Main Article Content
Background: Hypertension is a major health problem in Thailand and worldwide and affects the lifestyle of the patient and their family. Furthermore, hypertension is a risk factor related to other complications and causes high medical costs.
Objectives: To study the effects of a self-control program by yoga meditation practice on stress and blood pressure levels of older persons with high blood pressure in the community.
Methods: This quasi-experimental study used a one-group, pre-posttest design. The subjects consisted of 30 older persons with essential hypertension and they participated in the program for 8 weeks. Data were collected by using demographic data, stress assessment, and a standard mercury sphygmomanometer. The reliability of the Cronbach’s alpha coefficient of stress assessment was .86. Data were analyzed using descriptive statistics and a paired t-test.
Results: The results showed that the average stress score of the sample receiving Yoga meditation practice was significantly lower than that before receiving the program (p<.05). Moreover, both the average systolic and diastolic blood pressure of the sample after yoga meditation practice was lower than before practice (p<.05)
Conclusions: Yoga meditation practice can reduce stress levels and blood pressure levels in the elderly with essential hypertension.
This work is licensed under a Creative Commons Attribution-NonCommercial-NoDerivatives 4.0 International License.Authors who publish with this journal agree to retain copyright and grant the journal right of first publication with the work simultaneously licensed under a Creative Commons Attribution License that allows others to share the work with an acknowledgement of the work's authorship and initial publication in this journal.
2. Public Health System Development Group Bureau of Non-communicable Diseases Department of Disease Control. World Hypertension Day Campaign. [internet]. 2018. [cited 2018 Mar 1]. Available from: http://khosod.co.th/monitor-news/ news_1421769. (in Thai).
3. ICT Office of Permanent Secretary. Report NCDs.[internet]. 2020 [cited 2020 Dec 10] Available from: https://pte.hdc. moph.go.th/hdc/reports/report.php?source= pformated/format1.php&cat_id=b2b59e64c4e6c92d4b1ec16a599d882b&id=2e3813337b6b5377c2f68affe247d5f9. (in Thai).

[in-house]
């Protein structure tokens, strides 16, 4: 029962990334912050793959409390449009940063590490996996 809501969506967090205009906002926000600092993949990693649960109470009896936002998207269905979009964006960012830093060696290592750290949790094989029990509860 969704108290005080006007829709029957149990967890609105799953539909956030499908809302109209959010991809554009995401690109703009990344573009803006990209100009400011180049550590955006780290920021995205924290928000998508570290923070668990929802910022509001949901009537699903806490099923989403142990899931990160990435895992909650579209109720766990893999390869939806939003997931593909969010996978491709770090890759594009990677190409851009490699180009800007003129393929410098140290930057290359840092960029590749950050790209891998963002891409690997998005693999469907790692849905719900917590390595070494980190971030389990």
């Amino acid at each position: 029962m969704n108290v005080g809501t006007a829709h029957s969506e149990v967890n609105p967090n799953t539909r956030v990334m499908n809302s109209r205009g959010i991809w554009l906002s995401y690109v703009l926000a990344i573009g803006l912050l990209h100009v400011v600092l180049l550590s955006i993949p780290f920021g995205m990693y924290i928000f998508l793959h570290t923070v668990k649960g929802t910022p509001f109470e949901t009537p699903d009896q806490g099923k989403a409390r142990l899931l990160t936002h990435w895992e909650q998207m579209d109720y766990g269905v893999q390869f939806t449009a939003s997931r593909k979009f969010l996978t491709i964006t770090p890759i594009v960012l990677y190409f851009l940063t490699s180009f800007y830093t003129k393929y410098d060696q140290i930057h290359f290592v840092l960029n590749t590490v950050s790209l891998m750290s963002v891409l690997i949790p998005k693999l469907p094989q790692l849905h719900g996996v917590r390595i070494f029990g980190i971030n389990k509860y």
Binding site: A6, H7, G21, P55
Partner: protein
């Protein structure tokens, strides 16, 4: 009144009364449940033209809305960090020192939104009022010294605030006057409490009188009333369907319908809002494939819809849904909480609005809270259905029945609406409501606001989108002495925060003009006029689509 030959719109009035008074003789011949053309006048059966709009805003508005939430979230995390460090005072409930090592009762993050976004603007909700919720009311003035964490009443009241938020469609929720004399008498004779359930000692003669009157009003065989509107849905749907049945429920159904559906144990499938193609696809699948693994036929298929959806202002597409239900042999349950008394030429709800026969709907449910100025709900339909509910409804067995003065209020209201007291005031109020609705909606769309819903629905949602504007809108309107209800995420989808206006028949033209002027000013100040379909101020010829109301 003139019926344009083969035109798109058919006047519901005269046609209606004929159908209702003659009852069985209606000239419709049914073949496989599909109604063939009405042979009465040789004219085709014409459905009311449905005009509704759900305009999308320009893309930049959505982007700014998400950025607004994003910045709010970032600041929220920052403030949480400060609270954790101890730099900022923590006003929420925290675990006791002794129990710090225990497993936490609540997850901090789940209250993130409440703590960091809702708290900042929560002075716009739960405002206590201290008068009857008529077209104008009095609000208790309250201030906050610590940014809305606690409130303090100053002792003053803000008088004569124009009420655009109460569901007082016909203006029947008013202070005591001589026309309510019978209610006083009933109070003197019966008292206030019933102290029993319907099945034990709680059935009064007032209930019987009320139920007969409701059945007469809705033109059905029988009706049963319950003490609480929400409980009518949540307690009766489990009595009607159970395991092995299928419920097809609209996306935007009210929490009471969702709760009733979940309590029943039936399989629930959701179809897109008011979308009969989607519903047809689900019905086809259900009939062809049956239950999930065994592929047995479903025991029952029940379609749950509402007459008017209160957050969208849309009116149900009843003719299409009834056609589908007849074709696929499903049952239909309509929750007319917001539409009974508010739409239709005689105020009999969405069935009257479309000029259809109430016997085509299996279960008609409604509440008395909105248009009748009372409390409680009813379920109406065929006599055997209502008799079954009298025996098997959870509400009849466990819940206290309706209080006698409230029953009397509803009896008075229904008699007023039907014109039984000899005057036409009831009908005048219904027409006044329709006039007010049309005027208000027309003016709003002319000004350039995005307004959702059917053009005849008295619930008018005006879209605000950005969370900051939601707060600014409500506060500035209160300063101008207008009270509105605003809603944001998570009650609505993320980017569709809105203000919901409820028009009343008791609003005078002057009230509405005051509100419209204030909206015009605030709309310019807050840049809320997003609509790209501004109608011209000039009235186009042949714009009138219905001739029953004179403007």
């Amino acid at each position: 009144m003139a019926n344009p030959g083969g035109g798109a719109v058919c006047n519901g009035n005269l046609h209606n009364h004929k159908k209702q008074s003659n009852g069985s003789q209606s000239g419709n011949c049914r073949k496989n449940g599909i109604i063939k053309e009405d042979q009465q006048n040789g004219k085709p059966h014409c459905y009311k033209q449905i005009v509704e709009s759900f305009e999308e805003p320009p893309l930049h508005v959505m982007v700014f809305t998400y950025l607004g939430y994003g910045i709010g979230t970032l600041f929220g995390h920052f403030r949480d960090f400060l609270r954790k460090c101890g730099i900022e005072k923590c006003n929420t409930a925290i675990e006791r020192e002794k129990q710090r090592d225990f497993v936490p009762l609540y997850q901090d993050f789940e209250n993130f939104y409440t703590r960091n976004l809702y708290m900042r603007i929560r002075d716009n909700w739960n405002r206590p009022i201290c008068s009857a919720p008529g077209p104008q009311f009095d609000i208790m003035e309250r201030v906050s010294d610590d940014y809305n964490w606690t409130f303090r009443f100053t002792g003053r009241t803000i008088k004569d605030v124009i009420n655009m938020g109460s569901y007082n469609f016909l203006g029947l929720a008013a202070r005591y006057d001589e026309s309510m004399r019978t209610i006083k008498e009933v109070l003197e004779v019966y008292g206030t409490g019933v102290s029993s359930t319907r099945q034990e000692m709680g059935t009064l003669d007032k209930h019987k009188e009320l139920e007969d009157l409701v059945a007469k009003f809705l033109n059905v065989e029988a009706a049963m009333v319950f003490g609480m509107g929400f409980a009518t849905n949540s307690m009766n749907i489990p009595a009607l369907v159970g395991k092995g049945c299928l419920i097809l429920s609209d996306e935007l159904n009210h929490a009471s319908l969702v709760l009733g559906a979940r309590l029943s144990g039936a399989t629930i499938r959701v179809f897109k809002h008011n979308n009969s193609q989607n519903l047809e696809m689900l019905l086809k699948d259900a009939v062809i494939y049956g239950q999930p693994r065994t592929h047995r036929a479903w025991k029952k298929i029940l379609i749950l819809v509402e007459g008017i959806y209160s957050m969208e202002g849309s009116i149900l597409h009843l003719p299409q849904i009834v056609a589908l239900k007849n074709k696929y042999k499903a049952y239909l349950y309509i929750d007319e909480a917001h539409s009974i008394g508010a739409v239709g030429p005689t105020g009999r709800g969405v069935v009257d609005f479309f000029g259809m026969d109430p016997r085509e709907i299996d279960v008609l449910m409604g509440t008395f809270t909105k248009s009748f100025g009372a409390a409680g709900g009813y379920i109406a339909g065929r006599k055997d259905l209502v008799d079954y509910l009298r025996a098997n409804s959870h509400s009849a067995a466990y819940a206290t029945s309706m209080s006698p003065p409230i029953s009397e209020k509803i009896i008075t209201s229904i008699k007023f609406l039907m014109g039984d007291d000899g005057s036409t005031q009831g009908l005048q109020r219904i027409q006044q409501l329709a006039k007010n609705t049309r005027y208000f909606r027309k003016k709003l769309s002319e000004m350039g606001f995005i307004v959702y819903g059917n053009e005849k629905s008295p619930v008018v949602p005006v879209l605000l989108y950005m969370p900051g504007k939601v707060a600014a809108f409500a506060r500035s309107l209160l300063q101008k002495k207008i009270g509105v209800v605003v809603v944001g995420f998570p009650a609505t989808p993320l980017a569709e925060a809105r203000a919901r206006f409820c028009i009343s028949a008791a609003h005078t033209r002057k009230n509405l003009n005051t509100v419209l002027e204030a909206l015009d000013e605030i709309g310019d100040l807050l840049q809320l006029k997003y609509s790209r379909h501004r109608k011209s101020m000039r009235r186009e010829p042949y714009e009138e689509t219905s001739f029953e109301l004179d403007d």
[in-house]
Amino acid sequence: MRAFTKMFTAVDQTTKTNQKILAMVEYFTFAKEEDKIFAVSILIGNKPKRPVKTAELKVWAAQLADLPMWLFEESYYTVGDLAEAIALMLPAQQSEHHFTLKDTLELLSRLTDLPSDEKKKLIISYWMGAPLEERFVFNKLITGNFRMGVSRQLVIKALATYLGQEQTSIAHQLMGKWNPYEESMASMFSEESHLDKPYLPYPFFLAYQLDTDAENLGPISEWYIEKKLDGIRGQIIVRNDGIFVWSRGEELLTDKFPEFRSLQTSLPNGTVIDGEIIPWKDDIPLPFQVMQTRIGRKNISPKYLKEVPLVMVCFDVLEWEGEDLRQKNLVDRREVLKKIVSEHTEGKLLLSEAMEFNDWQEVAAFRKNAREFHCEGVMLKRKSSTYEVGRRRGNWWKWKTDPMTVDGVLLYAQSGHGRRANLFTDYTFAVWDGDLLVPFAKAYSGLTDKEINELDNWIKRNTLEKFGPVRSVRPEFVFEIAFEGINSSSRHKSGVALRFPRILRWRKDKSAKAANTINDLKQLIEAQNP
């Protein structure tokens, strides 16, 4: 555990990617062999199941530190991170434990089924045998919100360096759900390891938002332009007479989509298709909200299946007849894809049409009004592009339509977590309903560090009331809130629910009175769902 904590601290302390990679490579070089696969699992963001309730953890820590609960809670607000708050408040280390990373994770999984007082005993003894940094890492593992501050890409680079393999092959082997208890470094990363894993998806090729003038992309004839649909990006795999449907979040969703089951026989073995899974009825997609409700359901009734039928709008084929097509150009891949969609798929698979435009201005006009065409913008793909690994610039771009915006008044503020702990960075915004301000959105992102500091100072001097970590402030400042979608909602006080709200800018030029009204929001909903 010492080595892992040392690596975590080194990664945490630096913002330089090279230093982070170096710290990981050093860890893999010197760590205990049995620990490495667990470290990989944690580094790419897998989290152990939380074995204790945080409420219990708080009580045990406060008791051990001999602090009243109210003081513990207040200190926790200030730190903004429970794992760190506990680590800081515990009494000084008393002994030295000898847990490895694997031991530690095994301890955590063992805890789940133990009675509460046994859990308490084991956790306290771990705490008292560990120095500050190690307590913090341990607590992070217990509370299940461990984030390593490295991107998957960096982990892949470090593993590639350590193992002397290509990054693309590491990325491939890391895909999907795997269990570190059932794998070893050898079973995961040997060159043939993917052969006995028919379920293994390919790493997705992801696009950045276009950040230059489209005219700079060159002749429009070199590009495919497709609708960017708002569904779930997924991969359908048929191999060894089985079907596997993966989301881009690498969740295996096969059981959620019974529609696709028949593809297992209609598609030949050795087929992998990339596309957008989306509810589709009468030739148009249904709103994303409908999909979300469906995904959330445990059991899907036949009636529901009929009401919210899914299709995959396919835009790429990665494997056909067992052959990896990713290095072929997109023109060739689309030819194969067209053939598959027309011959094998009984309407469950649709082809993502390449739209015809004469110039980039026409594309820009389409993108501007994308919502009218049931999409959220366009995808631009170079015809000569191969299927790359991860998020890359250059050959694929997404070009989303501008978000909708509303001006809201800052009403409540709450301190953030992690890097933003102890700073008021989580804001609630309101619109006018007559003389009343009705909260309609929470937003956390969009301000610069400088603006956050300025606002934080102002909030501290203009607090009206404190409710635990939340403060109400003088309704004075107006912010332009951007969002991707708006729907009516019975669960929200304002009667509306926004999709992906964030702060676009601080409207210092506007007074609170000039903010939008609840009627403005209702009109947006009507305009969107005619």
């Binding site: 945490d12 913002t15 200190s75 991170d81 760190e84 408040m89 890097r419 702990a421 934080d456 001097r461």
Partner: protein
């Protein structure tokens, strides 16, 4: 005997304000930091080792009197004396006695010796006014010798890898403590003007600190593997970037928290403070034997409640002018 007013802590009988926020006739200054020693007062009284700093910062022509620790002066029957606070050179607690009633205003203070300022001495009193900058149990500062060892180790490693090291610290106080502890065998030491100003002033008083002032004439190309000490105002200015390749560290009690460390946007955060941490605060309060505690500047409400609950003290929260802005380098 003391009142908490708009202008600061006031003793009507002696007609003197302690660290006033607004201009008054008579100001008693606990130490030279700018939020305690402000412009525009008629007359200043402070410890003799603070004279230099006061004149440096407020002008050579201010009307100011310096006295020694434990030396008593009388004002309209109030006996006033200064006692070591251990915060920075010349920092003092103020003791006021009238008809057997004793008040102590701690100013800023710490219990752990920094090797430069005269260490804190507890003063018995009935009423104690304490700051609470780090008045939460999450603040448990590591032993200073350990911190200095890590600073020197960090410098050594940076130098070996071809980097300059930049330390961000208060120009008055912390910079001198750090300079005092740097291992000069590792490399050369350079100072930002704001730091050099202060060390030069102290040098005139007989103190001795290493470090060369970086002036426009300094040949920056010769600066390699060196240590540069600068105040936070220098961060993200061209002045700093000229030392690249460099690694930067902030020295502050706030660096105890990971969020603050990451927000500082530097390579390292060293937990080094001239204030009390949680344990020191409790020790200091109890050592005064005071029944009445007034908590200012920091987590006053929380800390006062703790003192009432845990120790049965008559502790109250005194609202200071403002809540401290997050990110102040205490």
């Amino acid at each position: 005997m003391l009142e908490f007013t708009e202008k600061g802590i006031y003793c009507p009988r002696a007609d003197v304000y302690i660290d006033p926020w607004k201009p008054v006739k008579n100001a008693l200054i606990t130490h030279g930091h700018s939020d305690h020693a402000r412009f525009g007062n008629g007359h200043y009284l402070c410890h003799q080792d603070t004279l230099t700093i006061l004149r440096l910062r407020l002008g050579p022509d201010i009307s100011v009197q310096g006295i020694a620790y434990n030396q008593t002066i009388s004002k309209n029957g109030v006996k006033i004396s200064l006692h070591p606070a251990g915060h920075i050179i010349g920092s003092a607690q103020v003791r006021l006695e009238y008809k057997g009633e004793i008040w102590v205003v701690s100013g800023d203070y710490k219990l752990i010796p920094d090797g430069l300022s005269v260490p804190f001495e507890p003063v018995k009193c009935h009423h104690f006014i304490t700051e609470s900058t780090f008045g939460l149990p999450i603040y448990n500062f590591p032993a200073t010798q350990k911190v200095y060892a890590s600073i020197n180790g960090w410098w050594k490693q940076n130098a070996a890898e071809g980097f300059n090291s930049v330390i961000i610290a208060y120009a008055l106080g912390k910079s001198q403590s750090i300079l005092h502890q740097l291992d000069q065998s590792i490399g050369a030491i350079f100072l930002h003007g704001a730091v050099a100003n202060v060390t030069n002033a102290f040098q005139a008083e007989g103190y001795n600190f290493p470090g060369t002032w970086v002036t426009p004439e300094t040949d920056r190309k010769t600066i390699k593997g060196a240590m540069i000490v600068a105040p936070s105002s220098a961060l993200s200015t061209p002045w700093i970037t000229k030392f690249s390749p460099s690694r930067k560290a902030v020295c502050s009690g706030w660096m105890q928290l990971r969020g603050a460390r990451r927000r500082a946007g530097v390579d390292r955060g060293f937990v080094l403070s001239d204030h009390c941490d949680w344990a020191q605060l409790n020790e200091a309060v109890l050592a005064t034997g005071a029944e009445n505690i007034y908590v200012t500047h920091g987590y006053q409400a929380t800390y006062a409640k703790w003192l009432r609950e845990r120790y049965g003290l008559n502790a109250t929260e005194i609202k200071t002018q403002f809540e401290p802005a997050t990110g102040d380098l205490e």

4. Sarkar A, Roy D, Chauhan MM, Dave P, Makwana NR, Parmar DV. A lay epidemiological study on coexistent stress in hypertension: Its prevalence, risk factors, and implications in patients' lives. J Family Med Prim Care. 2019;8(3):966-71. doi: 10.4103/jfmpc.jfmpc_60_19.
5. Rengganis AD, Rakhimullah AB, Garna H. The correlation between work stress and hypertension among industrial workers: A cross-sectional study. IOP Conference Series: Earth and Environmental Science. 2020;441: 1-5. doi:10.1088/1755-1315/441/1/012159.
6. Department of Thai Traditional and Alternative Medicine. Yoga for chronic disease. [internet]. 2019. [cited 2019 Aug 5]. Available from: https://thaicam.go.th/wp-content/uploads/. (in Thai).
7. Suwannakich P, Sukted P, Wongsa S, Audta, Saengpanya N. Effects of sahaja yoga practice on blood pressure, heart rate and stress among hypertension patients. Journal of Nursing and Health Science. 2010;4(2):28-35. (in Thai).
8. Lu X, Juon H, He X, Dallal CM, Wang MQ, Lee S. The association between perceived stress and hypertension among Asian Americans: Does social support and social network make a difference? J Community Health. 2019; 44(3):451–62. doi: 10.1007/s10900-018-00612-7.
9. Satyanand V, Reddy B, Shaik M, Mohanan D, Salma S, Nuzhath FJ. Effect of yoga on hypertension. Narayana Medical Journal. 2016;5(1):5-11.
10. Nejati S, Zahiroddin A, Afrookhteh G, Rahmani S, Hoveida S. Effect of group mindfulness-based stress-reduction programm and conscious yoga on lifestyle, coping strategies, and systolic and diastolic blood pressure in patients with hypertension. J Teh Univ Heart Ctr. 2015;10(3):140-8. PMID: 26697087.
11. Suvarnarong K. The path of yoga: The science challenging nurses’ role, Journal of Nursing Science. 2014;32(4):15-24. (in Thai).
12. Burn N, Grove SK. The practice of nursing research, conduct, critique, and utilization. 4th ed. Philadephia: W.B. Saunders; 2001.
13. Mahatnirunkul S, Pumpaisalchai W, Tapanya P. Suanprung stress test. Chiang Mai: Suanprung hospital; 1997. (in Thai).
14. Leventhal H, Johnson JE. Laboratory and field experimentation: Development of a theory of self-regulation. In: Wolldridge PJ, Schmitt MH, Skipper JK, Leonard RC, editors. Behavioral science and nursing theory. Mosby: St. Louis; 1983.
15. Kantharadusadee-Triamchisri S. Meditation practice for health remedies. 11th ed. Bangkok; 2011. (in Thai).
16. Kosirimongkol V, Ua-kit N, Tantikosoom P. The effects of slow breathing exercise program on blood pressure levels among essential hypertensive patients. Journal of The Police Nurses. 2018;10(1):30-40. (in Thai).
17. Prasawang N, Koshakri R, Jewpattankul Y. Effects of the sitting breathing meditation combined with usual care on blood pressure among patients with essential hypertension in primary care unit. Journal of Nursing and Health Care. 2018;36(1):33-42. (in Thai).
18. Wolff M, Sundquist K, Lonn SL, Midlov P. Impact of yoga on blood pressure and quality of life in patients with hypertension – a controlled trial in primary care, matched for systolic blood pressure. BMC Cardiovasc Disord. 2013;13(111):1417-2261. doi: 10.1186/1471-22 61-13-111.